You hear the beating
The drumming
The humming
The force at which it bangs
The gravity at which it loses endurance
The untamed sound gets deeper and go deeper
It doesn’t die
Die please die
It just won’t die
You’re taking so long
And beating just too fast
You are scared you’ll explode
The sound is mixed..sweet pain..painful melody
Alas! Alas!
You wake up one day
The drum bows its potency
The sound becomes slower and lower
The drumming is no more
The humming is buried so soon
Persistence where at thou?
Endurance thou has expired?
The pondering is no more

             Yoma Eshemitan


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In case anyone missed me, I’m sorry I haven’t posted in a while. Year 4 has me feeling overwhelmed. Honestly, I think it is the ‘make-it-or-break-it‘ year, its been one helluva journey so far. Also, with the new blog committee and the wonderful content they’ve been spinning, well let me just say I’ve not been feeling like a good writer lately. But, you’re all stuck with me (haha) so here I am, writing again.

Ehen! So dass how, one beloved day like that, last week Tuesday to be exact, I finally got the hottest guy in the faculty of law to take me out on a date! After years of singing, ‘Oluwa provide a boo o..‘, my prayers have been answered…. or not. Lmao! I’m kidding. Not about the ‘hot’ part but the ‘boo’ part… and technically, it was not a date, say hello to my nonexistent love life, just 2 friends going to see a movie. Which one? LOGAN babyy! Who’d pass up a chance to see Wolverine in action? I’d go into details of the movie but I’m no spoiler. All I can say is y’all need to see it! I still can’t believe that thing happened to Professor X and that Logan actually di…. oops! Sorry about that.

Anyway, I was in charge of transportation o. I ordered the Uber o. But then, a girl forgot that the number she used to register the Uber account was her mother’s number. Next thing I know, she’s calling me 2 seconds later, informing me that ‘one man’ called her, telling her that he was outside, waiting for her. I mentally slapped myself for the slip! The conversation ended with her telling me, ‘Very soon, all your secrets will be exposed!‘ Faaammm! I was shook! That’s not the end o! About 20 minutes into the movie, she called again, I kid you not! I just left the phone there to ring on…. What’s the worst that could happen? Lol. I went home over the weekend and mom c let me know in no uncertain terms that she’s not sending me to school for men to be taking me out. I tried to explain that it was just the uber driver bhet…. you know Yoruba mothers.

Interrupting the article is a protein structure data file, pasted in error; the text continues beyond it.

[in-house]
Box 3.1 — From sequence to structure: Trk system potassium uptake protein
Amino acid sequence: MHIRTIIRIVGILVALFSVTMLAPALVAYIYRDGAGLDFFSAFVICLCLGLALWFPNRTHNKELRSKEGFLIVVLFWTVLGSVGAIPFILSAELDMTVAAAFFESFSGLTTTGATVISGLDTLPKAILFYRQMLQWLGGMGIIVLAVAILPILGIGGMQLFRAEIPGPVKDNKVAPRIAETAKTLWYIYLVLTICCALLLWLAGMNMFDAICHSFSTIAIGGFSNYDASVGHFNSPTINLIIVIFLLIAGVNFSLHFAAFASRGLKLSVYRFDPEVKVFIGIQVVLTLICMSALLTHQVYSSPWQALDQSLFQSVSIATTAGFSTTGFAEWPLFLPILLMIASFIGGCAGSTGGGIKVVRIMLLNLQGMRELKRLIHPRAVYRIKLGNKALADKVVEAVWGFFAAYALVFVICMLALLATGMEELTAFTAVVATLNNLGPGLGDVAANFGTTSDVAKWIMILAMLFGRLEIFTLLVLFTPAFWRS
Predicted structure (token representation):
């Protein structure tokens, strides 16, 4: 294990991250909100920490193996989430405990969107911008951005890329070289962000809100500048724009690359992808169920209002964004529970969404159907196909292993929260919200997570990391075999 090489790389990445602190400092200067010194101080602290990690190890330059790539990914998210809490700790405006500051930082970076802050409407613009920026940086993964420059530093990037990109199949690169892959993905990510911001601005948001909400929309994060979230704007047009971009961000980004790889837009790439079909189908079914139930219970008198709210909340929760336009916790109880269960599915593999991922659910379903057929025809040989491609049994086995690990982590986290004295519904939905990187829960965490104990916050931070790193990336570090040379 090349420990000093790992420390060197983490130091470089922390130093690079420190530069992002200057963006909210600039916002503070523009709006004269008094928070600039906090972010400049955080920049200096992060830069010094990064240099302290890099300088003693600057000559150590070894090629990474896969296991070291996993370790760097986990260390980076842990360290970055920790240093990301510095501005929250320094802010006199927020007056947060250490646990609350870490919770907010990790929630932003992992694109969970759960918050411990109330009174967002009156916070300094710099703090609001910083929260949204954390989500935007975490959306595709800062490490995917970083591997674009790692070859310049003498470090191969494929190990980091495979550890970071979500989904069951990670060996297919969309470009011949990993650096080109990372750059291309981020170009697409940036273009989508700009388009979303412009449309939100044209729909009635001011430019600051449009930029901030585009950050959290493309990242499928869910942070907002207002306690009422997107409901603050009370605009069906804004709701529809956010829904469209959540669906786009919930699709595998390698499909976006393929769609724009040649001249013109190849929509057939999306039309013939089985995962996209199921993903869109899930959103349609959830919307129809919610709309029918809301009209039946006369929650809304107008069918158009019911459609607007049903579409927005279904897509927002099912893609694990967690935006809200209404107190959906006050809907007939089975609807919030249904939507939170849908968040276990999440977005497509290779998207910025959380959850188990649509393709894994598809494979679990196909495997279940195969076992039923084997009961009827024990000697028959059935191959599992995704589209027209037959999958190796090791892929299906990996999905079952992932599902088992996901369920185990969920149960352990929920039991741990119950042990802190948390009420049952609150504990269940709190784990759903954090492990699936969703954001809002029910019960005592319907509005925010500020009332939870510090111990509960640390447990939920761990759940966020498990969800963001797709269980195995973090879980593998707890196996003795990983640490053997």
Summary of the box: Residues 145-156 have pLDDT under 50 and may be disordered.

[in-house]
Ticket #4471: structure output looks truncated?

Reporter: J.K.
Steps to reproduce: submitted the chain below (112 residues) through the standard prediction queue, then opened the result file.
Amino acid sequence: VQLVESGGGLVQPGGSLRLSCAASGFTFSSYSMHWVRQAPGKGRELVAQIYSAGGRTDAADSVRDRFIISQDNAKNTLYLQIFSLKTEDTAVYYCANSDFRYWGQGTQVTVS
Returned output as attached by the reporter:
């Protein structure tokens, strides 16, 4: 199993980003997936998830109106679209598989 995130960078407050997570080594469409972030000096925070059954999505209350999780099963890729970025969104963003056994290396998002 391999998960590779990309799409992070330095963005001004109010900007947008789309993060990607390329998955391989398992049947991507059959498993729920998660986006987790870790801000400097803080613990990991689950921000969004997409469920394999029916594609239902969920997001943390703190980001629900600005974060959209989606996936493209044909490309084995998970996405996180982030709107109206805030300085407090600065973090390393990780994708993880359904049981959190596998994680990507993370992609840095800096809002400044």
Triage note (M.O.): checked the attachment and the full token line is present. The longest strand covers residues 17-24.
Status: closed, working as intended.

The journey back to school is another story on its own. The conductor of the first bus I entered was a tout in every sense of the word! He was so hilariously rude, I almost choked on my laughter! Immediately I got on the bus, he started hurling insults at the driver for heaven-knows-what. His next target was a poor man who spent too long trying to get his wallet out of his pocket to pay his fare, which was a bit of a hassle, especially since he was crumpled between 2 generously weighted women. I sent a quick prayer heavenwards that at no point in the roughly 45 minutes I had to spend on the bus would his uncouth tongue be directed towards me! The man practically chased down 3 grown men who were planning to lap themselves in the bus! Emphasis on the grown o! I was quite pleased with that because, no really, bus that is already hot, cramped, uncomfortable and smelly, you now want to coman use your own to disturb the peace of the nation? For what now? 50 naira transport fare o! Seriously shame is almost nonexistent nowadays.

Moving on. Guys this is real time talk….. I have been in this library since 9.00a.m. This is 7.00p.m. and I can honestly say that I have read anything but the books I brought to read! I have been flicking through novel after novel on my phone, absolutely ignoring the land law books I lugged out of my hostel this morning! I need motivation to finish the semester, it has definitely been my most daunting so far. I wish I could just win a trip to a really exotic place, Bahamas maybe? But no. Things like that won’t happen to someone. Ordinary Ozone sef someone cannot go in peace without her mother breathing down her neck. Right now I just want Coco Pops.

Written By Tomiwa Adebanjo

Published By Great Opara


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You’re amazing. 
I hope you know that.

Our world is so weird, you know. It’s funny how we are continuously rebuked for being set apart. Somehow, we are the weird ones. Somehow, we don’t fit in. 

Well, I don’t know about you but I’ve never wanted to fit in. Standing out is more daring! Think about it. To be the one whose values still stand in the face of mediocrity. The one who keeps promises, the one to whom the little things matter the most. Some people call it weird, I call it insightfulness and intellectual separateness, in a good way.

It’s amazing how people get so much flack for not being a certain way, or doing certain things. Think about it, you’ve probably hated on a girl because of her weird fashion choice or a boy because he stuck out like a sore thumb. You’ve made fun of people because they don’t do things the regular way. We all have but the question remains, why should we even be regular? 

I find it intellectually daunting that people care so much about what others are doing, in their lives. One time, I overheard people talking about someone, complaining about what she did, in her own life and I wondered, why does someone’s actions that do not affect you in any way, why does it bother you so much? Why is his thinking odd because he does things a certain different way to come about one result?